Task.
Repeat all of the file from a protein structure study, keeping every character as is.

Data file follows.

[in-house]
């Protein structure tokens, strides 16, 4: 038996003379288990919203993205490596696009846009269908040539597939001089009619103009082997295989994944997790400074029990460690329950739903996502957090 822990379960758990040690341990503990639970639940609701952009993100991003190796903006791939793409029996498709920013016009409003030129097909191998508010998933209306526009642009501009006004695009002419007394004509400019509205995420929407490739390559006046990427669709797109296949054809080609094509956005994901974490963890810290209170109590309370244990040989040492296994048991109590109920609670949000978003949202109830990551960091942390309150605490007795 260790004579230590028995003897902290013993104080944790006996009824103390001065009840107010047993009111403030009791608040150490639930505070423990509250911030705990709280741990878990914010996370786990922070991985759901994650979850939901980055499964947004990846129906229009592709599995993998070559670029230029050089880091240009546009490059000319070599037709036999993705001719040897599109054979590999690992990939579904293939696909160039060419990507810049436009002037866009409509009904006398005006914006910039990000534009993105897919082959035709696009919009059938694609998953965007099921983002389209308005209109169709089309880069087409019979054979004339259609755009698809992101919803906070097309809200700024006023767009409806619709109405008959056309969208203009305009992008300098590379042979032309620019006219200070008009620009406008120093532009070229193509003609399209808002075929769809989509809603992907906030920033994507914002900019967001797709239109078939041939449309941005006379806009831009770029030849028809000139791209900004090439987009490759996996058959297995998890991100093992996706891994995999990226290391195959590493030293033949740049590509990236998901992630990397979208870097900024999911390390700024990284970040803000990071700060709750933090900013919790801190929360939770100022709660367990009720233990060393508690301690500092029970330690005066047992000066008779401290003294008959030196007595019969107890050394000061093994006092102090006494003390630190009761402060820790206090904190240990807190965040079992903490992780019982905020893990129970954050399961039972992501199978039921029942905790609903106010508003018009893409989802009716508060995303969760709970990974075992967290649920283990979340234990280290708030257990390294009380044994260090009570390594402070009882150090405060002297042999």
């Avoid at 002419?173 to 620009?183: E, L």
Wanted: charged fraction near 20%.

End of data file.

[in-house]
């Protein structure tokens, strides 16, 4: 038996003379288990919203993205490596696009846009269908040539597939001089009619103009082997295989994944997790400074029990460690329950739903996502957090 822990379960758990040690341990503990639970639940609701952009993100991003190796903006791939793409029996498709920013016009409003030129097909191998508010998933209306526009642009501009006004695009002419007394004509400019509205995420929407490739390559006046990427669709797109296949054809080609094509956005994901974490963890810290209170109590309370244990040989040492296994048991109590109920609670949000978003949202109830990551960091942390309150605490007795 260790004579230590028995003897902290013993104080944790006996009824103390001065009840107010047993009111403030009791608040150490639930505070423990509250911030705990709280741990878990914010996370786990922070991985759901994650979850939901980055499964947004990846129906229009592709599995993998070559670029230029050089880091240009546009490059000319070599037709036999993705001719040897599109054979590999690992990939579904293939696909160039060419990507810049436009002037866009409509009904006398005006914006910039990000534009993105897919082959035709696009919009059938694609998953965007099921983002389209308005209109169709089309880069087409019979054979004339259609755009698809992101919803906070097309809200700024006023767009409806619709109405008959056309969208203009305009992008300098590379042979032309620019006219200070008009620009406008120093532009070229193509003609399209808002075929769809989509809603992907906030920033994507914002900019967001797709239109078939041939449309941005006379806009831009770029030849028809000139791209900004090439987009490759996996058959297995998890991100093992996706891994995999990226290391195959590493030293033949740049590509990236998901992630990397979208870097900024999911390390700024990284970040803000990071700060709750933090900013919790801190929360939770100022709660367990009720233990060393508690301690500092029970330690005066047992000066008779401290003294008959030196007595019969107890050394000061093994006092102090006494003390630190009761402060820790206090904190240990807190965040079992903490992780019982905020893990129970954050399961039972992501199978039921029942905790609903106010508003018009893409989802009716508060995303969760709970990974075992967290649920283990979340234990280290708030257990390294009380044994260090009570390594402070009882150090405060002297042999």
């Avoid at 002419?173 to 620009?183: E, L």
Wanted: charged fraction near 20%.